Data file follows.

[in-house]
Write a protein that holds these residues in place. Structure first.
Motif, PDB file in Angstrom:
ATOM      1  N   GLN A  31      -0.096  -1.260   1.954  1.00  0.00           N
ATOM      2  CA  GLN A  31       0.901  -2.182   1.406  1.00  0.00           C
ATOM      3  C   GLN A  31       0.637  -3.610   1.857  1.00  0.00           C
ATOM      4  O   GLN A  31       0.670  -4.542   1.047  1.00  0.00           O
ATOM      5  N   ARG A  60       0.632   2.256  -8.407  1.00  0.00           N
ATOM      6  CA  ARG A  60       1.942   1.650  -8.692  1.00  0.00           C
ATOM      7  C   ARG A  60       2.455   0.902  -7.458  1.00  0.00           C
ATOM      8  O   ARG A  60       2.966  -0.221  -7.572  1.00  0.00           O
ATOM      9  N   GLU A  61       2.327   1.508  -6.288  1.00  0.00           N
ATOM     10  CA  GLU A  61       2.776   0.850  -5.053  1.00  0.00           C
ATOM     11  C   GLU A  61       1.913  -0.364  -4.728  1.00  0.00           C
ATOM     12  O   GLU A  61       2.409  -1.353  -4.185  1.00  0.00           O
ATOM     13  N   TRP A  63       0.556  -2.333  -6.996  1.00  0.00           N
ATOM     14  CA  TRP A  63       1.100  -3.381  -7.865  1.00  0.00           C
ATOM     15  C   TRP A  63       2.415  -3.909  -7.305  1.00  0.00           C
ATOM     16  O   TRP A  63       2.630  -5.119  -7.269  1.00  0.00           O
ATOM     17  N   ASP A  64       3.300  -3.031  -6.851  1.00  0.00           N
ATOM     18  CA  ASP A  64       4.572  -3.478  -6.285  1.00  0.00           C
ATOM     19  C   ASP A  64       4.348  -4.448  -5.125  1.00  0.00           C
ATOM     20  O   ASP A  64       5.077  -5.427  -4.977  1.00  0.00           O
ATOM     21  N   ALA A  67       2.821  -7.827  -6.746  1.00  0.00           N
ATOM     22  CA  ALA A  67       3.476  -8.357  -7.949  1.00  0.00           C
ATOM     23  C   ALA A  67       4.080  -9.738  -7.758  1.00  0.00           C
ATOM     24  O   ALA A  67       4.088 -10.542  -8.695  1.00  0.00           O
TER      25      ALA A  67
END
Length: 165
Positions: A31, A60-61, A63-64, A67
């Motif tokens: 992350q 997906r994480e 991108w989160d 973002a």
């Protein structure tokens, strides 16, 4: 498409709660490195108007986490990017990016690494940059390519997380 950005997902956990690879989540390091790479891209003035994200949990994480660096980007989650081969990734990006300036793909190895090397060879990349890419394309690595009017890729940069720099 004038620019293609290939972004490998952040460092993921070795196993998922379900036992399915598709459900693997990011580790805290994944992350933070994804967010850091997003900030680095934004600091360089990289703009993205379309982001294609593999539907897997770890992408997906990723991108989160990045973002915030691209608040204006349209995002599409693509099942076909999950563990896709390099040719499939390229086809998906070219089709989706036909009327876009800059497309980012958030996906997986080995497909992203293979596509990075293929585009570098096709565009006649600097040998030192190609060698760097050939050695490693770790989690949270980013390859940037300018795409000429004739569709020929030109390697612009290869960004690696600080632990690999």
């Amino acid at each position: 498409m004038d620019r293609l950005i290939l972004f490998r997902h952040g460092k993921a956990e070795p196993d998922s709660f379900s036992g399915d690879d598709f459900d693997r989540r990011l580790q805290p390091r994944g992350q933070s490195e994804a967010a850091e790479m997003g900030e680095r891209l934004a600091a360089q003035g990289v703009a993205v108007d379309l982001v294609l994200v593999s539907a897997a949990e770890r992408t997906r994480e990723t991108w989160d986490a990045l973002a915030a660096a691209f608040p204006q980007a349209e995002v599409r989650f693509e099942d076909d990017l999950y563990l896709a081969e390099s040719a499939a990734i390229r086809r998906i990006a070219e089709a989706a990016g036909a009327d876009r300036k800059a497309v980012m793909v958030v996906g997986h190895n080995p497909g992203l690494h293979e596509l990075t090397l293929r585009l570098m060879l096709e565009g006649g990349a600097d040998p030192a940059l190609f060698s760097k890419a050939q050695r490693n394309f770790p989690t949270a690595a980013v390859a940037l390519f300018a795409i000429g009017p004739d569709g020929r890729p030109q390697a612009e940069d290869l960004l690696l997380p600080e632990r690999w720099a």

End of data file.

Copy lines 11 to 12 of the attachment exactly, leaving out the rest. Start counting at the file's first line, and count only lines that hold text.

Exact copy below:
ATOM      8  O   ARG A  60       2.966  -0.221  -7.572  1.00  0.00           O
ATOM      9  N   GLU A  61       2.327   1.508  -6.288  1.00  0.00           N